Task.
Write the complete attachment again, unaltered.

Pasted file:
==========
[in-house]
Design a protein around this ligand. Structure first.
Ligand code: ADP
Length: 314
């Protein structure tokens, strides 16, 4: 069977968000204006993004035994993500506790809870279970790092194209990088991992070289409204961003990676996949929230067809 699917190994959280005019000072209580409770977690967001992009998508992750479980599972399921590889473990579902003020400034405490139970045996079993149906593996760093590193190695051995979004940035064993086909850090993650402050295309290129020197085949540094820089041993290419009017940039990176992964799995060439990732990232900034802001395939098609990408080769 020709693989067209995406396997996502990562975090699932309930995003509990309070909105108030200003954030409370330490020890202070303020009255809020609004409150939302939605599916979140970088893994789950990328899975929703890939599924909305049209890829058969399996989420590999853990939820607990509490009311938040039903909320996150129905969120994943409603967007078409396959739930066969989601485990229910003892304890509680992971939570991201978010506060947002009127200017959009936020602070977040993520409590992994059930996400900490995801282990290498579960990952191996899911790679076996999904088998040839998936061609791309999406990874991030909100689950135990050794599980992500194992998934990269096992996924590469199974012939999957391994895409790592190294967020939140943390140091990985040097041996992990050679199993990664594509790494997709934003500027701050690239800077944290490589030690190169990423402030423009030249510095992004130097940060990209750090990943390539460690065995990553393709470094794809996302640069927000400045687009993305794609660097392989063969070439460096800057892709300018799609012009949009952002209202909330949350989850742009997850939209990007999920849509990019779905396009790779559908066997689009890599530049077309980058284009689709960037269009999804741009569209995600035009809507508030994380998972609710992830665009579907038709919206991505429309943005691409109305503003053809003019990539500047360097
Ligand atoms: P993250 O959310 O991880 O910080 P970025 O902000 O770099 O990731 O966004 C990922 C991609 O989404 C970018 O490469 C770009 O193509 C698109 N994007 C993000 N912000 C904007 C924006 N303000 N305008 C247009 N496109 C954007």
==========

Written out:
[in-house]
Design a protein around this ligand. Structure first.
Ligand code: ADP
Length: 314
């Protein structure tokens, strides 16, 4: 069977968000204006993004035994993500506790809870279970790092194209990088991992070289409204961003990676996949929230067809 699917190994959280005019000072209580409770977690967001992009998508992750479980599972399921590889473990579902003020400034405490139970045996079993149906593996760093590193190695051995979004940035064993086909850090993650402050295309290129020197085949540094820089041993290419009017940039990176992964799995060439990732990232900034802001395939098609990408080769 020709693989067209995406396997996502990562975090699932309930995003509990309070909105108030200003954030409370330490020890202070303020009255809020609004409150939302939605599916979140970088893994789950990328899975929703890939599924909305049209890829058969399996989420590999853990939820607990509490009311938040039903909320996150129905969120994943409603967007078409396959739930066969989601485990229910003892304890509680992971939570991201978010506060947002009127200017959009936020602070977040993520409590992994059930996400900490995801282990290498579960990952191996899911790679076996999904088998040839998936061609791309999406990874991030909100689950135990050794599980992500194992998934990269096992996924590469199974012939999957391994895409790592190294967020939140943390140091990985040097041996992990050679199993990664594509790494997709934003500027701050690239800077944290490589030690190169990423402030423009030249510095992004130097940060990209750090990943390539460690065995990553393709470094794809996302640069927000400045687009993305794609660097392989063969070439460096800057892709300018799609012009949009952002209202909330949350989850742009997850939209990007999920849509990019779905396009790779559908066997689009890599530049077309980058284009689709960037269009999804741009569209995600035009809507508030994380998972609710992830665009579907038709919206991505429309943005691409109305503003053809003019990539500047360097
Ligand atoms: P993250 O959310 O991880 O910080 P970025 O902000 O770099 O990731 O966004 C990922 C991609 O989404 C970018 O490469 C770009 O193509 C698109 N994007 C993000 N912000 C904007 C924006 N303000 N305008 C247009 N496109 C954007």